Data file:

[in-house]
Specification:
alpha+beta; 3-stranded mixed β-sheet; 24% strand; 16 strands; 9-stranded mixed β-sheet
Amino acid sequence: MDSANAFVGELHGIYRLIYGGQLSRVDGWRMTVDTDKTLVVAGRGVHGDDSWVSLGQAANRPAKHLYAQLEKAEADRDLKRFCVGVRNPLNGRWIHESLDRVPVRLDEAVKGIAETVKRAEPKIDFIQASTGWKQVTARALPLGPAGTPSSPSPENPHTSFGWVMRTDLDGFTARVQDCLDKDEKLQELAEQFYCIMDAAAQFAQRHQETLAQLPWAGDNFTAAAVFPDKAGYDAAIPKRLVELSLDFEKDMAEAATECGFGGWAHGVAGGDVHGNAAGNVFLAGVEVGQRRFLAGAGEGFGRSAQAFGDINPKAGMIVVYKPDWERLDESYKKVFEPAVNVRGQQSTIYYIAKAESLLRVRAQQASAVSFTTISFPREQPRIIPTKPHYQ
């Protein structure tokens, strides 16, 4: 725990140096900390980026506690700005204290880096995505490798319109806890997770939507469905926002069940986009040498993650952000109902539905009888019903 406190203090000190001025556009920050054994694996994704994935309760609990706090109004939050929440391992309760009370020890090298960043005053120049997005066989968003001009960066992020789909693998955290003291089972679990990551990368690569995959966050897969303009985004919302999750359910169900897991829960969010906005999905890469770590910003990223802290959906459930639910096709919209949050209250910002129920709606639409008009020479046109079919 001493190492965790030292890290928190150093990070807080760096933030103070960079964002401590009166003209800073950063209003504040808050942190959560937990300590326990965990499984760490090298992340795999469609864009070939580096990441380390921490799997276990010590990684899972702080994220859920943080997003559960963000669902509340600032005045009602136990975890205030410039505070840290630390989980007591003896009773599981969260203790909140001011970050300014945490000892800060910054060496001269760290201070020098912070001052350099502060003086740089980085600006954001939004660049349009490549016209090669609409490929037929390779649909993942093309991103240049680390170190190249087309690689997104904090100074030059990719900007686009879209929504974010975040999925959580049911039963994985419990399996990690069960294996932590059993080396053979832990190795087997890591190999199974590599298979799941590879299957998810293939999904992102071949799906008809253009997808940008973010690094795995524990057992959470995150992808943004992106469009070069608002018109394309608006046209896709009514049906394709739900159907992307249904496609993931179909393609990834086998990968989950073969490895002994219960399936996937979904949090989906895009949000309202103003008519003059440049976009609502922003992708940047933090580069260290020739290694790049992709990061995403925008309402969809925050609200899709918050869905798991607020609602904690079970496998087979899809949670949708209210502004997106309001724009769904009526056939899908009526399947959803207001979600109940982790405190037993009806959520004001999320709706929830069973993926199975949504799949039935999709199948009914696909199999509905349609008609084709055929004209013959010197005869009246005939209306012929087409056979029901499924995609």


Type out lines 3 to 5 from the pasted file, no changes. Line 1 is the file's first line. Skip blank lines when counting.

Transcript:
alpha+beta; 3-stranded mixed β-sheet; 24% strand; 16 strands; 9-stranded mixed β-sheet
Amino acid sequence: MDSANAFVGELHGIYRLIYGGQLSRVDGWRMTVDTDKTLVVAGRGVHGDDSWVSLGQAANRPAKHLYAQLEKAEADRDLKRFCVGVRNPLNGRWIHESLDRVPVRLDEAVKGIAETVKRAEPKIDFIQASTGWKQVTARALPLGPAGTPSSPSPENPHTSFGWVMRTDLDGFTARVQDCLDKDEKLQELAEQFYCIMDAAAQFAQRHQETLAQLPWAGDNFTAAAVFPDKAGYDAAIPKRLVELSLDFEKDMAEAATECGFGGWAHGVAGGDVHGNAAGNVFLAGVEVGQRRFLAGAGEGFGRSAQAFGDINPKAGMIVVYKPDWERLDESYKKVFEPAVNVRGQQSTIYYIAKAESLLRVRAQQASAVSFTTISFPREQPRIIPTKPHYQ
């Protein structure tokens, strides 16, 4: 725990140096900390980026506690700005204290880096995505490798319109806890997770939507469905926002069940986009040498993650952000109902539905009888019903 406190203090000190001025556009920050054994694996994704994935309760609990706090109004939050929440391992309760009370020890090298960043005053120049997005066989968003001009960066992020789909693998955290003291089972679990990551990368690569995959966050897969303009985004919302999750359910169900897991829960969010906005999905890469770590910003990223802290959906459930639910096709919209949050209250910002129920709606639409008009020479046109079919 001493190492965790030292890290928190150093990070807080760096933030103070960079964002401590009166003209800073950063209003504040808050942190959560937990300590326990965990499984760490090298992340795999469609864009070939580096990441380390921490799997276990010590990684899972702080994220859920943080997003559960963000669902509340600032005045009602136990975890205030410039505070840290630390989980007591003896009773599981969260203790909140001011970050300014945490000892800060910054060496001269760290201070020098912070001052350099502060003086740089980085600006954001939004660049349009490549016209090669609409490929037929390779649909993942093309991103240049680390170190190249087309690689997104904090100074030059990719900007686009879209929504974010975040999925959580049911039963994985419990399996990690069960294996932590059993080396053979832990190795087997890591190999199974590599298979799941590879299957998810293939999904992102071949799906008809253009997808940008973010690094795995524990057992959470995150992808943004992106469009070069608002018109394309608006046209896709009514049906394709739900159907992307249904496609993931179909393609990834086998990968989950073969490895002994219960399936996937979904949090989906895009949000309202103003008519003059440049976009609502922003992708940047933090580069260290020739290694790049992709990061995403925008309402969809925050609200899709918050869905798991607020609602904690079970496998087979899809949670949708209210502004997106309001724009769904009526056939899908009526399947959803207001979600109940982790405190037993009806959520004001999320709706929830069973993926199975949504799949039935999709199948009914696909199999509905349609008609084709055929004209013959010197005869009246005939209306012929087409056979029901499924995609």